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Shanghai Train Commuter

After the horrific high speed train crash in Wenzhou on 23rd July, and also the train crash in Shanghai on September 25, it is no wonder that this Shanghainese wears helmet, knee and elbow protection on the train. (screenshot).

Controversial Scientist Qian Xuesen PDF Print E-mail
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Qian Xuesen played an important role in Communist China's science and politics.

Qian Xuesen, a top Chinese scientist who made important contributions to the missile and space programs of both the United States and the People's Republic of China, died in Beijing on October 31. He was 98.

Qian relocated to the US in 1935 as a student and eventually became a leading scientist in America’s missile program. He also contributed to the Manhattan Project, which developed the first atomic bomb. During the 1950s he was accused of being a Communist and was eventually deported to China where he went on to advance China’s aerospace programs. It was his successes with missile and satellite technologies that made him a highly respected figure in the eyes of the government and the people of China. He was named to the Central Committee of the Communist Party.

Yet his career was not without setbacks. During the "Great Leap Forward" industrial movement of 1958, Qian published articles in the People's Daily newspaper that claimed China's crop harvest could potentially produce over 20,000 kilograms of rice per mu (0.16 acre) by planting more seeds in the field than the usual density. His assessments were used by then Chinese Communist Party (CCP) leader Mao Zedong which led to that year’s disastrous agricultural policy. Tens of millions died during the famine in the three years that followed.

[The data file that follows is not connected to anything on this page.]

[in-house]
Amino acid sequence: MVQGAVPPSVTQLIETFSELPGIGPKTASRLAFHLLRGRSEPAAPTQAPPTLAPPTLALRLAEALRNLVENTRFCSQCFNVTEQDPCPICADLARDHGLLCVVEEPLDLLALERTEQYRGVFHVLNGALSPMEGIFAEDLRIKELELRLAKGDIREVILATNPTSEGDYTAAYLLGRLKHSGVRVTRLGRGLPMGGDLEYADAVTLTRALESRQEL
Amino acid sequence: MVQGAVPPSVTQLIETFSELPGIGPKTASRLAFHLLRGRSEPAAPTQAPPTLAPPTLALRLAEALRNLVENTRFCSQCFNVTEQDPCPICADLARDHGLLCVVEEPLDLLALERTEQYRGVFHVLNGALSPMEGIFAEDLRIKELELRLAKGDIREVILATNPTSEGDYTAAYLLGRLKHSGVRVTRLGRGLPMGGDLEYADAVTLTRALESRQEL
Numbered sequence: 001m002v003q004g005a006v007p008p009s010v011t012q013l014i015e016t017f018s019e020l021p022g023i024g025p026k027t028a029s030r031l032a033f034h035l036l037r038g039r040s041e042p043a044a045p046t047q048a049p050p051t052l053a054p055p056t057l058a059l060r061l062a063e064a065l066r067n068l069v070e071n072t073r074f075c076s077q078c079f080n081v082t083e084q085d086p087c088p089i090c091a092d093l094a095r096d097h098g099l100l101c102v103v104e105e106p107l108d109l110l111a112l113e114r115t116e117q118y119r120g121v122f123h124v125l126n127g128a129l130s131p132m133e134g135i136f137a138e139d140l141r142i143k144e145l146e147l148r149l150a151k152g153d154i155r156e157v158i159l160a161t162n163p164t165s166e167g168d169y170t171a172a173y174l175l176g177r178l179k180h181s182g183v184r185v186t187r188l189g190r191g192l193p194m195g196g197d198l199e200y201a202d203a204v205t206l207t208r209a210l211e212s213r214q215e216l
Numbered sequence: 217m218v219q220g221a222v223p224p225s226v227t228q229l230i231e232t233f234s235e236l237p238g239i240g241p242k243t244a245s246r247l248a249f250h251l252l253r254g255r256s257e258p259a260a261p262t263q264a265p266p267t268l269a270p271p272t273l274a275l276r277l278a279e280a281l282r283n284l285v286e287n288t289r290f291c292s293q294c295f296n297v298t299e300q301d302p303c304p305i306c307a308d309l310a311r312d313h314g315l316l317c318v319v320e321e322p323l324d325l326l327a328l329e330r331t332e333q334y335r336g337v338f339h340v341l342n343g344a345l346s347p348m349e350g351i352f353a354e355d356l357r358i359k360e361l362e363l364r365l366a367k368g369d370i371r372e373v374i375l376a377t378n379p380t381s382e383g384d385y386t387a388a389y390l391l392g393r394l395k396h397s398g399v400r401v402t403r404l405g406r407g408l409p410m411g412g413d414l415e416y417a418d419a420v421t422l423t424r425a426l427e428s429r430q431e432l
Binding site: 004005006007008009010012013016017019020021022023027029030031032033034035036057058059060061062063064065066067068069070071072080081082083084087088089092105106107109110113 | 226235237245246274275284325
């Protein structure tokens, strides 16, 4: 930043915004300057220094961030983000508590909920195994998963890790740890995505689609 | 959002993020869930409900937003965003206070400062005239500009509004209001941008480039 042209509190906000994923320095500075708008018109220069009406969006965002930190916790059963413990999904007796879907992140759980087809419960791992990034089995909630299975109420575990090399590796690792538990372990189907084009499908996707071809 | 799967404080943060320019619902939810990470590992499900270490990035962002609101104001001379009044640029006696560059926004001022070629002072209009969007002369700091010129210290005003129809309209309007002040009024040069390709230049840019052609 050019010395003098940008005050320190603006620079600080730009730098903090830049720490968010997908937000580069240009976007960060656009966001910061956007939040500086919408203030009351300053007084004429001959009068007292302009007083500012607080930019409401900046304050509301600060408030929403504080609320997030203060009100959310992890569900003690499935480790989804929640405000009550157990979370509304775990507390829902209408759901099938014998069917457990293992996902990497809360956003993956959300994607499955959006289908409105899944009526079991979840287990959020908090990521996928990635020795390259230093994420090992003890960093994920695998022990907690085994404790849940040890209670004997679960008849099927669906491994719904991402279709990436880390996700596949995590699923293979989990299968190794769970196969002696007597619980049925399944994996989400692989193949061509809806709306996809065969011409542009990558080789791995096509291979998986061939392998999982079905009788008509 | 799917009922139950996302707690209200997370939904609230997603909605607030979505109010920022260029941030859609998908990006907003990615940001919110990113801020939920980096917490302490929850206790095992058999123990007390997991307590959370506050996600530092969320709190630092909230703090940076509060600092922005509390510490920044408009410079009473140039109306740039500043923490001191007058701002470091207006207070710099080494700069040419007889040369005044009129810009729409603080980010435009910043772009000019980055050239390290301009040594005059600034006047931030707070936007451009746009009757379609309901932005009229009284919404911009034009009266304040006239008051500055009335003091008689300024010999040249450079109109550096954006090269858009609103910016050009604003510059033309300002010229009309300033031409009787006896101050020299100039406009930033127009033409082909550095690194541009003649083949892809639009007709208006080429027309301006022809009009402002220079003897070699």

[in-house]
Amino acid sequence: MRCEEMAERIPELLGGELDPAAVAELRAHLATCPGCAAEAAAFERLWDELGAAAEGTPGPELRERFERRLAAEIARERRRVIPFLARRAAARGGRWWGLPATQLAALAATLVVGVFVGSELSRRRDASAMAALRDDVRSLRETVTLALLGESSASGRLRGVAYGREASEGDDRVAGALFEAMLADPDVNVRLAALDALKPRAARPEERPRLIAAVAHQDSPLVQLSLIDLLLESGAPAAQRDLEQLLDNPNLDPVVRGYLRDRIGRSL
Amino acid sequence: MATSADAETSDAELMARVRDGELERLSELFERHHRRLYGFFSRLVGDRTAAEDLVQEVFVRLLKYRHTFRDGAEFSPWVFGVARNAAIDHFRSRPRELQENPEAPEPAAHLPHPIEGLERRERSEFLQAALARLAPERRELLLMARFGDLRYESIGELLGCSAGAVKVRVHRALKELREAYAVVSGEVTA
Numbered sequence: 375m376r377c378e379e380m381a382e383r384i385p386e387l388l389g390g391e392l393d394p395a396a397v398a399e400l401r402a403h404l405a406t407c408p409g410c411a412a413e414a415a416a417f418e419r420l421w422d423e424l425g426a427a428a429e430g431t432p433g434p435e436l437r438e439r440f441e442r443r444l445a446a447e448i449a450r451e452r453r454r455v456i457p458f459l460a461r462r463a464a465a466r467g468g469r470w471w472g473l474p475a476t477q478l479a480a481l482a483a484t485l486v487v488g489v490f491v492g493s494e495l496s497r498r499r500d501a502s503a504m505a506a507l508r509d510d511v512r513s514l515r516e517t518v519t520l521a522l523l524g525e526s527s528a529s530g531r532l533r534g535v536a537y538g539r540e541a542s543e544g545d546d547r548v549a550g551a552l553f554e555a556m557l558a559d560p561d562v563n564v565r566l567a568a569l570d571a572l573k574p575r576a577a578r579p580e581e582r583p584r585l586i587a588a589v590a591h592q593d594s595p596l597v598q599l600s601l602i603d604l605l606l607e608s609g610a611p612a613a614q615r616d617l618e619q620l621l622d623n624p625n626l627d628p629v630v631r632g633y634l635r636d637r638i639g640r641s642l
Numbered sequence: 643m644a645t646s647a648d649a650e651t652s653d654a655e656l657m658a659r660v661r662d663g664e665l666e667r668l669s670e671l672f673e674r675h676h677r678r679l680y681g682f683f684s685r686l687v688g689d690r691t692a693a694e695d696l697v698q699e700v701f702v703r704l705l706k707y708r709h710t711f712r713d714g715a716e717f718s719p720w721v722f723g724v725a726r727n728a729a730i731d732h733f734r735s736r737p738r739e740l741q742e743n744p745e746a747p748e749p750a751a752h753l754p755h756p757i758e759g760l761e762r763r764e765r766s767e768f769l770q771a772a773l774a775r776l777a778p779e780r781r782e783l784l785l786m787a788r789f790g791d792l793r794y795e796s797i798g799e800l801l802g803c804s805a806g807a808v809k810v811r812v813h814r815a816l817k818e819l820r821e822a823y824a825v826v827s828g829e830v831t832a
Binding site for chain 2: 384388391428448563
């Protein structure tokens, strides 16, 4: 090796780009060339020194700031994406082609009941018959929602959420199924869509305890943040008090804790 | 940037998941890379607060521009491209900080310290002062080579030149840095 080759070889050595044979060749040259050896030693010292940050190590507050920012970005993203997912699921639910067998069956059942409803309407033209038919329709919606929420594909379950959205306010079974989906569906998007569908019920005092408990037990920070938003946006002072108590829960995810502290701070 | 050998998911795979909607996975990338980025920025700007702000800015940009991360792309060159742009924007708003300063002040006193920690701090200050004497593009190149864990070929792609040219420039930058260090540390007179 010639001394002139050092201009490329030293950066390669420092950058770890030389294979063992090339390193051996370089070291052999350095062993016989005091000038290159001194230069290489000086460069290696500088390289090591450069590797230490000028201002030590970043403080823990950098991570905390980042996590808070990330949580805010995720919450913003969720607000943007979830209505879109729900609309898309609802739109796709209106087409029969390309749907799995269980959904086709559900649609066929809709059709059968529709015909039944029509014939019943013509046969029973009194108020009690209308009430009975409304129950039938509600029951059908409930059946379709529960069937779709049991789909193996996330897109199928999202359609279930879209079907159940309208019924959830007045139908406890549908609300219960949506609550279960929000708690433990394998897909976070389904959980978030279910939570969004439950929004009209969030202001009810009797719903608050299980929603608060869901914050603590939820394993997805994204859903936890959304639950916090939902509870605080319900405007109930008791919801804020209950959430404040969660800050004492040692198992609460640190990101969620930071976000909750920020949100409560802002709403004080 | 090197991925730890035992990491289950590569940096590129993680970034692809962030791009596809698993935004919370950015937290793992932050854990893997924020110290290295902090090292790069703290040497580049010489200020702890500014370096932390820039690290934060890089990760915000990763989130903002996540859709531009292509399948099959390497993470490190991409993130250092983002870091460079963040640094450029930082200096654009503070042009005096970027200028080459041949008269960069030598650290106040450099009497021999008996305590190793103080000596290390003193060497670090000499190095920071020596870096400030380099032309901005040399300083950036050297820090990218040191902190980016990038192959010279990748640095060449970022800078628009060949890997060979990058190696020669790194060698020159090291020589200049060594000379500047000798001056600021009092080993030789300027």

Many Chinese people have questioned the reasons behind Professor Qian's article on agriculture issues. Since Qian is not a horticulturalist, why would he write an article like that? Many asked if he was he forced to sign that article as his own.

Similarly it was during the 1989 protests at Tiananmen Square that Jiang Zemin, then president of the CCP, convinced him to speak out against the students' actions. It was believed that since he was such a respected member of the Chinese citizenry, that his comments would quell the protests.

In his later years Qian showed support for the study of qigong, a Chinese style of meditation practice. From 1983 to 1987 Qian made over 100 speeches related to qigong and the extraordinary functions of the human body at the Institute of Space Medico-Engineering in Beijing.

In 1992 Falun Gong, an ancient form of qigong, was taught publicly by Li Hongzhi in Changchun China. Millions of people joined this practice including many CCP members. Fearing Falun Gong's soaring popularity, Jiang Zemin started a campaign to abolish Falun Gong in China. Jiang called the dean of the Chinese Academy of Sciences and ordered him to organize some academicians to speak out against Falun Gong. He did so, but Jiang was not satisfied with the insubstantial scientists he enlisted. As a result Qian was asked to repudiate Falun Gong much in the same way he spoke out against the protests in 1989. Qian did not do so. Jian Zemin went to see Qian several times hoping he would openly support the oppression of Falun Gong. Qian never wavered in his position and he refused to renounce Falun Gong even though he was under a great deal of pressure to do so.

Qian's speeches about the positive effects of qigong were blocked by the CCP after Jiang criminalized the practice of Falun Gong in 1999. After Qian's death the state run news media neglected to mention Qian’s studies relating to qigong. Nevertheless it is believed that Qian had a very positive influence on the citizens of China by validating the positive effects of qigong.



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